He will hopefully reach the point (call it bottom or whatever) where he doesn't want to continue to live like this and ask for help. It's good that you are willing to help him when he reaches that point. In the meantime, you sound like you have figured things out that took me years to learn.

    Keep posting and let us know how things are going. We have all been through it and are here to listen, give advice if you want it, and offer support when you need it.

    Last edited: Jun 12, 2012
  10. AmericanGirl

    AmericanGirl Guest

    Cannot add much to the superb advice you have been given.

    A few thoughts...

    Al-anon has really helped me set boundaries. Your child can have drug, not alcohol, issues and it still works. They also have a lot of phone meetings (google for the list.)

    The best book I've seen is Setting Boundaries with your Adult Children, Bottke. I used her methods to get my very stubborn, lying, addicted 18 year old into treatment. He graduates this week with 99 days of sobriety. He isn't cured by any means but we have come a very long way.

    Whatever he is telling you plus whatever you believe to be true does not equal reality. Every single situation I have seen proves this to be true. It is always worse than they tell us.

    Forget bottom. It is meaningless. He will get treatment if and when he chooses to do so. Our job, as parents, is to make the choice the most attractive one out there, to get out of the way and to take very good care of ourselves.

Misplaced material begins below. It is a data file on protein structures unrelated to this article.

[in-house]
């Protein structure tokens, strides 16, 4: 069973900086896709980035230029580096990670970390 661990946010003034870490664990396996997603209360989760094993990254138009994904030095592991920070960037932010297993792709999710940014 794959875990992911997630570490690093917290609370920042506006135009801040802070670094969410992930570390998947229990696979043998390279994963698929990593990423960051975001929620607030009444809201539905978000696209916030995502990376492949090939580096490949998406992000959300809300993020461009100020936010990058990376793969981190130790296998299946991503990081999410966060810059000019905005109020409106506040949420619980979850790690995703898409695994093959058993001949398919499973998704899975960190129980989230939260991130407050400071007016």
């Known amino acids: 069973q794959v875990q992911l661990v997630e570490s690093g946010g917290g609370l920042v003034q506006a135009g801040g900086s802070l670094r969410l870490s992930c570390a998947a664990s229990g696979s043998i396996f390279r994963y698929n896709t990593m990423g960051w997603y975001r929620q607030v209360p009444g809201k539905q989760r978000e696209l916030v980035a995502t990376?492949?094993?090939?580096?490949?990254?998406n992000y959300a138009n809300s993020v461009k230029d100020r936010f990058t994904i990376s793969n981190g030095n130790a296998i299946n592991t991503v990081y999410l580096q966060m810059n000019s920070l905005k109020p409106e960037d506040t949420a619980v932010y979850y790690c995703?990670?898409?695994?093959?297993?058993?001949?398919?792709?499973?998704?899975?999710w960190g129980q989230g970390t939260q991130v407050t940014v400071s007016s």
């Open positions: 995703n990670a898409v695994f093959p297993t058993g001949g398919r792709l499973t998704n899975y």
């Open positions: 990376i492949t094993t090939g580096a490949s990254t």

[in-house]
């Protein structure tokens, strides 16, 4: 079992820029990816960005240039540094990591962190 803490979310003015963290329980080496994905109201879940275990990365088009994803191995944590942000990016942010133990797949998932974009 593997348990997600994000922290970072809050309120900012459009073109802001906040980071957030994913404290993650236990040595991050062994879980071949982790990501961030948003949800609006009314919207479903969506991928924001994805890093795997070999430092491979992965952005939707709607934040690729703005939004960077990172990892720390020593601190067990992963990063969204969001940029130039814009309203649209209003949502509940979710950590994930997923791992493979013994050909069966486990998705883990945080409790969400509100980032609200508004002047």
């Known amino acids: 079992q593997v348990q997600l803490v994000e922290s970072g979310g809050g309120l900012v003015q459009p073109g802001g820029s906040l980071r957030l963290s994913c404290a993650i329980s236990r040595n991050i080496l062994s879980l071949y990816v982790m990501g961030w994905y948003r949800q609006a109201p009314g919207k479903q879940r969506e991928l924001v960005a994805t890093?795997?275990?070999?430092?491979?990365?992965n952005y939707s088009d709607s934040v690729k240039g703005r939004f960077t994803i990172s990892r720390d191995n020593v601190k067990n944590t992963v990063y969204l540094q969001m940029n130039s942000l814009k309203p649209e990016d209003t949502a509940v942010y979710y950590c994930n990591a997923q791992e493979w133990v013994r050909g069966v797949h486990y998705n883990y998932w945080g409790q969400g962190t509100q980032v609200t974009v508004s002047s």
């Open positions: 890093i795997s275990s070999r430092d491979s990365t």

Keep posting!
  11. pinevalley

    pinevalley Member

    Welcome to this community. I am so sorry for all the pain that you and your wife are going through right now. Drug addiction is a terrible disease, and it affects every member of the family. Please know that you are not alone in this crisis, because we all understand and are here to offer you support and advice.

    Is your son in jail right now, or was he able to be bailed out of jail? I don't know where you live, but in my state there are drug rehab programs that are offered in several of the jails. They provide drug counseling several times a day, and they are the safest places to be if anyone has to be in jail. In this area the only way that an inmate can get into one of these drug programs is if a judge orders the arrested person to attend the program. My 18 year old son was arrested almost 4 months ago, and our attorney asked the judge if our son could be admitted to the drug program. Our difficult child is definitely in jail and it is not a fun place to be, but at least he is getting some counseling and help for his drug problem. Our son sounds like a completely different person now that he is not using drugs, and we have our old son back ( at least while he is in jail).